NewYork-Presbyterian Hospital has struck a partnership with two Cornell University institutions to develop artificial-intelligence tools for cardiovascular care, the system said Wednesday.
The program will bring together physicians and researchers from NewYork-Presbyterian, Cornell Tech and Cornell Ann S. Bowers College of Computing and Information Science. NewYork-Presbyterian is providing $15 million in funding for the program over three years.
As part of the partnership, physicians from NewYork-Presbyterian's affiliated medical schools—Weill Cornell Medicine and Columbia University Vagelos College of Physicians and Surgeons—will work with AI researchers from Cornell Tech and Cornell Bowers CIS to study how AI can be used to improve cardiovascular health.
An initial area of research will involve developing tools to support physicians as they make treatment decisions for end-stage heart failure patients, the hospital system said. Later research will focus on predicting heart failure and heart disease so physicians can intervene earlier, before the disease progresses.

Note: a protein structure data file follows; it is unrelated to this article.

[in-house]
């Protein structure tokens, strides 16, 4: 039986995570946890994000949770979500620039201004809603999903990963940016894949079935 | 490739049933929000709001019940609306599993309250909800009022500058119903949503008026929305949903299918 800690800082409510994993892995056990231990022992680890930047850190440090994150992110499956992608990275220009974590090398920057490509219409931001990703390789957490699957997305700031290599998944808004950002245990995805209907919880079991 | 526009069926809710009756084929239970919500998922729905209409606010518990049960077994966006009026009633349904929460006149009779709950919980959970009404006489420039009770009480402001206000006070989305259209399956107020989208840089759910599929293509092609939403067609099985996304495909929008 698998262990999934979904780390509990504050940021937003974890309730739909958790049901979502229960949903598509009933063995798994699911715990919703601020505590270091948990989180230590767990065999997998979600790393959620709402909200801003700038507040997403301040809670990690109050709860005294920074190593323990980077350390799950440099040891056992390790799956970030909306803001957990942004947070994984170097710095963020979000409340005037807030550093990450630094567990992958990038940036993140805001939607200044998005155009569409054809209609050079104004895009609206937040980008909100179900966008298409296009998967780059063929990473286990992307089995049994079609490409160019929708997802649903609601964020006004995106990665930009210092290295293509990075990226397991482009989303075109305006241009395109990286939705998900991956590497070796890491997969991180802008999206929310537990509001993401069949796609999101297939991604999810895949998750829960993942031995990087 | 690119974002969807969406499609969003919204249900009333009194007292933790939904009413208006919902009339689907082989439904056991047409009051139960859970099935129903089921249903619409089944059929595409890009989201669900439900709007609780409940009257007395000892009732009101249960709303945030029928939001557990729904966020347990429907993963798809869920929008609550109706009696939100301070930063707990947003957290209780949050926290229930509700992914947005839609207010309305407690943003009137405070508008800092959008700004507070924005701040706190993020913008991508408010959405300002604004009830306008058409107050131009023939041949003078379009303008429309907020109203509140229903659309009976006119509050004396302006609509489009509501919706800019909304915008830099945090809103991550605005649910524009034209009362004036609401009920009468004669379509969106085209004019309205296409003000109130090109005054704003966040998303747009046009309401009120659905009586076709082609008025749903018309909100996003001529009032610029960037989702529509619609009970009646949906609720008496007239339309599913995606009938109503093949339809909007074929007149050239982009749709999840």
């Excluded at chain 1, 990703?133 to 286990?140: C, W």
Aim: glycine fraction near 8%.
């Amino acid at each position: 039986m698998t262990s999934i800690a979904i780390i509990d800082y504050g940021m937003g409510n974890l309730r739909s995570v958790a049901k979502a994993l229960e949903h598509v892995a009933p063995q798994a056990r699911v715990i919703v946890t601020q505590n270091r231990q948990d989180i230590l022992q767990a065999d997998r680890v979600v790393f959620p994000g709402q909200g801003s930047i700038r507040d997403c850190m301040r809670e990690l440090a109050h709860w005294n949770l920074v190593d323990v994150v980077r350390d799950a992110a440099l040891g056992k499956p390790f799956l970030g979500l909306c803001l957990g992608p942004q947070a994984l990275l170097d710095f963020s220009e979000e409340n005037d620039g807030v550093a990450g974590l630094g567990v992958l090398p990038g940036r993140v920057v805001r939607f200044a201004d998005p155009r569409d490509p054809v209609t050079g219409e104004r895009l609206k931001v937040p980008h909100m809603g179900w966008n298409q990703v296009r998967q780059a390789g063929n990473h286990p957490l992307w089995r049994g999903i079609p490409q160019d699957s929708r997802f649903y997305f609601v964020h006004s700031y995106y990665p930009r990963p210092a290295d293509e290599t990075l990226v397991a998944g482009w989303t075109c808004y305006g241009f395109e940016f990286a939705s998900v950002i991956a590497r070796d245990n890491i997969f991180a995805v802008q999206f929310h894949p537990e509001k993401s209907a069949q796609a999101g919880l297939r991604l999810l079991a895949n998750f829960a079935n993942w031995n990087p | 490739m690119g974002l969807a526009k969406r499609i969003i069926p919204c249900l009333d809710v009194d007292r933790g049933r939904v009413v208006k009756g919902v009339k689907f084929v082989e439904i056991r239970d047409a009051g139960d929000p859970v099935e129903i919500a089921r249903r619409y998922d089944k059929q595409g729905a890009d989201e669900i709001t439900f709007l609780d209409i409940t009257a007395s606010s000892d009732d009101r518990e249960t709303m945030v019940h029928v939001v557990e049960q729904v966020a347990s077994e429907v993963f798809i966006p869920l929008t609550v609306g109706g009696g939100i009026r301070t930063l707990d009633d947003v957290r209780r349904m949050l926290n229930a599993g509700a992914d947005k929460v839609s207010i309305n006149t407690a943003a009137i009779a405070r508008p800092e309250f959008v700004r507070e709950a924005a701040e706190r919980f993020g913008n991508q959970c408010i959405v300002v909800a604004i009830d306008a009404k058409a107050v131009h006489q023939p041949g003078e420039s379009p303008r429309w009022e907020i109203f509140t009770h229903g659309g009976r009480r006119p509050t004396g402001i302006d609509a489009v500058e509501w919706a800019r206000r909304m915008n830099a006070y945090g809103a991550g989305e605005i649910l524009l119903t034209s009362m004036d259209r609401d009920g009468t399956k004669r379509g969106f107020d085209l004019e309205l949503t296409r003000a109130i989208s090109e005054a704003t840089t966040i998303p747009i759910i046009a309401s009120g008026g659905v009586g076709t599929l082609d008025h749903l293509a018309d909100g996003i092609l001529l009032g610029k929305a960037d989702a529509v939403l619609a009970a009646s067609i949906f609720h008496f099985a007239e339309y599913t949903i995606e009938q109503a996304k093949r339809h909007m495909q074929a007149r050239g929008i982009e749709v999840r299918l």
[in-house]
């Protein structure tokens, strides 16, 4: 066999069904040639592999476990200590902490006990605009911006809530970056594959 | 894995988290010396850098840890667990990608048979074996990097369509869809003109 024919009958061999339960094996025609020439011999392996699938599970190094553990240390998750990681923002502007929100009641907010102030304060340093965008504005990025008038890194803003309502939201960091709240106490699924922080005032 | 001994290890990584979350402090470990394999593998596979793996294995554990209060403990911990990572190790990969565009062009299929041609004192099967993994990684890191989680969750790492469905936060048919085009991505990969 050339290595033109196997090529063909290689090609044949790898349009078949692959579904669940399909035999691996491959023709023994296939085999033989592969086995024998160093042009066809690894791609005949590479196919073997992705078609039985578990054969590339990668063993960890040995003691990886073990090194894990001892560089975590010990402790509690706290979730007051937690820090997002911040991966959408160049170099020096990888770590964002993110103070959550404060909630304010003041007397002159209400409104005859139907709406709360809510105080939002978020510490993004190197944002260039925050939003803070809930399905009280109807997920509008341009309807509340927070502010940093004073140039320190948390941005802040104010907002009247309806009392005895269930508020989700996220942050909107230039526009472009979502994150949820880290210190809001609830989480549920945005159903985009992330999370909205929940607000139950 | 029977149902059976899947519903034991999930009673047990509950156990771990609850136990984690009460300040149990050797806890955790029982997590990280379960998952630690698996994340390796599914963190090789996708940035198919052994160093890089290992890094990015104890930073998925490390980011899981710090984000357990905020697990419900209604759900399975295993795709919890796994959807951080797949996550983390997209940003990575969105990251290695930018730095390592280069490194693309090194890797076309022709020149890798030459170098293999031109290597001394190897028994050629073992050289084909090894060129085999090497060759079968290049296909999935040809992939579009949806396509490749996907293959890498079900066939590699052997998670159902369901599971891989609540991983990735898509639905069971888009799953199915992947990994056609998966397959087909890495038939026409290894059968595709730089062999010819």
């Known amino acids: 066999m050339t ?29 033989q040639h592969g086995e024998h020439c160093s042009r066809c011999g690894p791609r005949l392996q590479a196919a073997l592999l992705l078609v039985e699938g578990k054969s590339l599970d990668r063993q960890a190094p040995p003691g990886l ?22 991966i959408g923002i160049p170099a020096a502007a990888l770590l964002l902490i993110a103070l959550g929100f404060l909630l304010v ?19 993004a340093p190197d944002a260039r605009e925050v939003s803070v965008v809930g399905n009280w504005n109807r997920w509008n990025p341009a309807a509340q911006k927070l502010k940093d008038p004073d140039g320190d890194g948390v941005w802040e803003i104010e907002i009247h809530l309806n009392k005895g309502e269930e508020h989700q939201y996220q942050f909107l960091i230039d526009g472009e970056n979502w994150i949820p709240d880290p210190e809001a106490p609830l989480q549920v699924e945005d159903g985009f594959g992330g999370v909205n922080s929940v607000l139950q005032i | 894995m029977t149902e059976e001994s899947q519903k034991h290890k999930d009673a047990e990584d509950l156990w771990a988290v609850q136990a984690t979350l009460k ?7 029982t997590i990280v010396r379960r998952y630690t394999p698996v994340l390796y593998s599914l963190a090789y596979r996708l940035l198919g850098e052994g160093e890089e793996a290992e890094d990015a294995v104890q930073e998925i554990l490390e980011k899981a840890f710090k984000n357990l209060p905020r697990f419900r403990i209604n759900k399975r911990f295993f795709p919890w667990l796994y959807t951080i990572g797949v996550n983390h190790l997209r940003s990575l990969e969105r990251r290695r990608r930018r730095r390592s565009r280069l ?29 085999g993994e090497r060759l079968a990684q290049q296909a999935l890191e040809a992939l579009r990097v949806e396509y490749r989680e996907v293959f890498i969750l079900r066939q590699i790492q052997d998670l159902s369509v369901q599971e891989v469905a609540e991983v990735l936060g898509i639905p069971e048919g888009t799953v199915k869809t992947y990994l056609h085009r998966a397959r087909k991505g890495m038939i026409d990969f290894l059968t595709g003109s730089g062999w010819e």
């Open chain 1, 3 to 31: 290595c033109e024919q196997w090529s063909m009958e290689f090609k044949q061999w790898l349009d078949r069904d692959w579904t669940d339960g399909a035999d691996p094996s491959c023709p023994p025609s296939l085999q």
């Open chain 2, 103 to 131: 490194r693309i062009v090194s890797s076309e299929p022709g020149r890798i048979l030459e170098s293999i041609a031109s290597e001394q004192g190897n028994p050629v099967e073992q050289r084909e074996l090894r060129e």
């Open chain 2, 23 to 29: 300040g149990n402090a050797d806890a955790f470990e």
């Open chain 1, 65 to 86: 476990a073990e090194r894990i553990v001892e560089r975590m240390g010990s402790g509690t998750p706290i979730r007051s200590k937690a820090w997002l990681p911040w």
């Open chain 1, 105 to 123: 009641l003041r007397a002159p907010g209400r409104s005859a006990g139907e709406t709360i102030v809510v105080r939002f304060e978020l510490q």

"Major algorithmic advances are needed to derive precise and reliable clinical insights from complex medical data," said Deborah Estrin, associate dean for impact at Cornell Tech and a professor of population health sciences at Weill Cornell Medicine, in a news release.
The collaboration adds to a growing list of programs dedicated to developing AI solutions at healthcare organizations.
Cedars-Sinai Medical Center in Los Angeles set up an AI division within its department of medicine in March. The Icahn School of Medicine at Mount Sinai in New York City launched a department of AI and human health late last year. And Rochester, Minnesota-based Mayo Clinic in 2020 appointed a medical director for AI to coordinate initiatives across the system.
AI adoption is in the early stages at health systems, although most executives plan to increase their investments into the technology, according to a survey by the Healthcare Information and Management Systems Society last year.